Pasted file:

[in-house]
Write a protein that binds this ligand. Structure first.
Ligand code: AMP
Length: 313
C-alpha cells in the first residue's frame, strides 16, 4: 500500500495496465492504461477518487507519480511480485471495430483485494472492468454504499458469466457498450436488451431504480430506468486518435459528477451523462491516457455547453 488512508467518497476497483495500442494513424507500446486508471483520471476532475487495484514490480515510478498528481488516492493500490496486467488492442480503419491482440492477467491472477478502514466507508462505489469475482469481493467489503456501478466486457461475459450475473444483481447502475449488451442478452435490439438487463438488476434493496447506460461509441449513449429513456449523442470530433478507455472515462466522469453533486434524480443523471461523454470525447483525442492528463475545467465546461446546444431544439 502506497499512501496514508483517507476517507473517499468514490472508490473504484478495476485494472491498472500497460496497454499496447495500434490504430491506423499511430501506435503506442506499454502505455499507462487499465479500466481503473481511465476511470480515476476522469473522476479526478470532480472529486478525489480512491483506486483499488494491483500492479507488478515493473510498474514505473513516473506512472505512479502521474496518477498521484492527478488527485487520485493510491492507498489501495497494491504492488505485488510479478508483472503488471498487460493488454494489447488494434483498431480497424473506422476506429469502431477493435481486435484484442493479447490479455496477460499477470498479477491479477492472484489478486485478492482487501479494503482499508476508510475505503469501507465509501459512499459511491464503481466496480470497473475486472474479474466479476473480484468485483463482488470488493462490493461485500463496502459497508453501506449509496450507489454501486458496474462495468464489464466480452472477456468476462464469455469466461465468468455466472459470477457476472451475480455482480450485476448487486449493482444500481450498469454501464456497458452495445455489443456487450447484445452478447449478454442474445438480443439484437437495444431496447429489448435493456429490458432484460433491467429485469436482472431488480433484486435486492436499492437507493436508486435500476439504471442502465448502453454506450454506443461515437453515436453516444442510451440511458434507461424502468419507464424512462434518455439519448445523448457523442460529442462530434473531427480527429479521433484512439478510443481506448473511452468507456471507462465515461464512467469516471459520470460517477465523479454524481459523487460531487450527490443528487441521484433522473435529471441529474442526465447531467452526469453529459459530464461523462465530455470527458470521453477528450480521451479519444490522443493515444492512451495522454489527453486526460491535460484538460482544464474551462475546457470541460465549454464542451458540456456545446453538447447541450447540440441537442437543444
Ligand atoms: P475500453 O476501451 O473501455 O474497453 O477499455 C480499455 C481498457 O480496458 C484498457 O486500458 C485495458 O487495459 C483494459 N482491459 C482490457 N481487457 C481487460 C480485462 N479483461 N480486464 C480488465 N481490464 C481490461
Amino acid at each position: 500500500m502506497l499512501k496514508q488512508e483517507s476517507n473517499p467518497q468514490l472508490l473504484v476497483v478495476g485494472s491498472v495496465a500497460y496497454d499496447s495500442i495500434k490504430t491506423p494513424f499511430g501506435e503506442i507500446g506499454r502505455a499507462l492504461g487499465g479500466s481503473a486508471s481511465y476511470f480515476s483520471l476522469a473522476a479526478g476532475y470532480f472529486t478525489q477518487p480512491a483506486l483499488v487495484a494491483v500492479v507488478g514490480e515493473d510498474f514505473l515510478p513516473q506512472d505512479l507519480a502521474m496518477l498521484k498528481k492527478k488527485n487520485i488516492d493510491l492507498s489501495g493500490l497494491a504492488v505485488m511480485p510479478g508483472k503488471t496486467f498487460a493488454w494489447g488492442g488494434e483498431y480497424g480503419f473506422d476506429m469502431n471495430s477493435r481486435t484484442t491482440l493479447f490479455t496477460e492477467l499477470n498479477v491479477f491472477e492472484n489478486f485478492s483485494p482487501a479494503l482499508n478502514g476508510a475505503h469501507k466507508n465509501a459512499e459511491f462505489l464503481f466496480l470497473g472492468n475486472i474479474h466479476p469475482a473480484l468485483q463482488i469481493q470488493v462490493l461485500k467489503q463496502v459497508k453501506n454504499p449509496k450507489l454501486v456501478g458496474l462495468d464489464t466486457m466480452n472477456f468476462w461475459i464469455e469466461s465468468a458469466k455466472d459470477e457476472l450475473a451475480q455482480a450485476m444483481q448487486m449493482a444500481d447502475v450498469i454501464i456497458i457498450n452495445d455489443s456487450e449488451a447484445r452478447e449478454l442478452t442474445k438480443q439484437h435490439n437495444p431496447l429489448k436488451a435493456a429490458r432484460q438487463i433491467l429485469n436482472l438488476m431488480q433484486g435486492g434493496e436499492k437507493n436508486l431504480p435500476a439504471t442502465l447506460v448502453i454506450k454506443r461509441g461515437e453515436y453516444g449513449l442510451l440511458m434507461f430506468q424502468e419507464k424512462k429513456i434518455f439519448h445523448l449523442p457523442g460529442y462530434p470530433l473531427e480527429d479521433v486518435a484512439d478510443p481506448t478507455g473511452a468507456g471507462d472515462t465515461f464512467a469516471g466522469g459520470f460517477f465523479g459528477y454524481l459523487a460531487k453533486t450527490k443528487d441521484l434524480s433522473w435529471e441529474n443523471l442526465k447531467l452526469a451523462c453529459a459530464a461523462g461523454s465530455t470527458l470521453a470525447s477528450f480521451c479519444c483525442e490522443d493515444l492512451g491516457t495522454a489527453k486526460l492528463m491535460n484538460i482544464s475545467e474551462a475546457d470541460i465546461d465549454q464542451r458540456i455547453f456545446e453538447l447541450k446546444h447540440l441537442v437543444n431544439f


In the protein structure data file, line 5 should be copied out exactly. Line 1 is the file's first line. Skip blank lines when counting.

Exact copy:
C-alpha cells in the first residue's frame, strides 16, 4: 500500500495496465492504461477518487507519480511480485471495430483485494472492468454504499458469466457498450436488451431504480430506468486518435459528477451523462491516457455547453 488512508467518497476497483495500442494513424507500446486508471483520471476532475487495484514490480515510478498528481488516492493500490496486467488492442480503419491482440492477467491472477478502514466507508462505489469475482469481493467489503456501478466486457461475459450475473444483481447502475449488451442478452435490439438487463438488476434493496447506460461509441449513449429513456449523442470530433478507455472515462466522469453533486434524480443523471461523454470525447483525442492528463475545467465546461446546444431544439 502506497499512501496514508483517507476517507473517499468514490472508490473504484478495476485494472491498472500497460496497454499496447495500434490504430491506423499511430501506435503506442506499454502505455499507462487499465479500466481503473481511465476511470480515476476522469473522476479526478470532480472529486478525489480512491483506486483499488494491483500492479507488478515493473510498474514505473513516473506512472505512479502521474496518477498521484492527478488527485487520485493510491492507498489501495497494491504492488505485488510479478508483472503488471498487460493488454494489447488494434483498431480497424473506422476506429469502431477493435481486435484484442493479447490479455496477460499477470498479477491479477492472484489478486485478492482487501479494503482499508476508510475505503469501507465509501459512499459511491464503481466496480470497473475486472474479474466479476473480484468485483463482488470488493462490493461485500463496502459497508453501506449509496450507489454501486458496474462495468464489464466480452472477456468476462464469455469466461465468468455466472459470477457476472451475480455482480450485476448487486449493482444500481450498469454501464456497458452495445455489443456487450447484445452478447449478454442474445438480443439484437437495444431496447429489448435493456429490458432484460433491467429485469436482472431488480433484486435486492436499492437507493436508486435500476439504471442502465448502453454506450454506443461515437453515436453516444442510451440511458434507461424502468419507464424512462434518455439519448445523448457523442460529442462530434473531427480527429479521433484512439478510443481506448473511452468507456471507462465515461464512467469516471459520470460517477465523479454524481459523487460531487450527490443528487441521484433522473435529471441529474442526465447531467452526469453529459459530464461523462465530455470527458470521453477528450480521451479519444490522443493515444492512451495522454489527453486526460491535460484538460482544464474551462475546457470541460465549454464542451458540456456545446453538447447541450447540440441537442437543444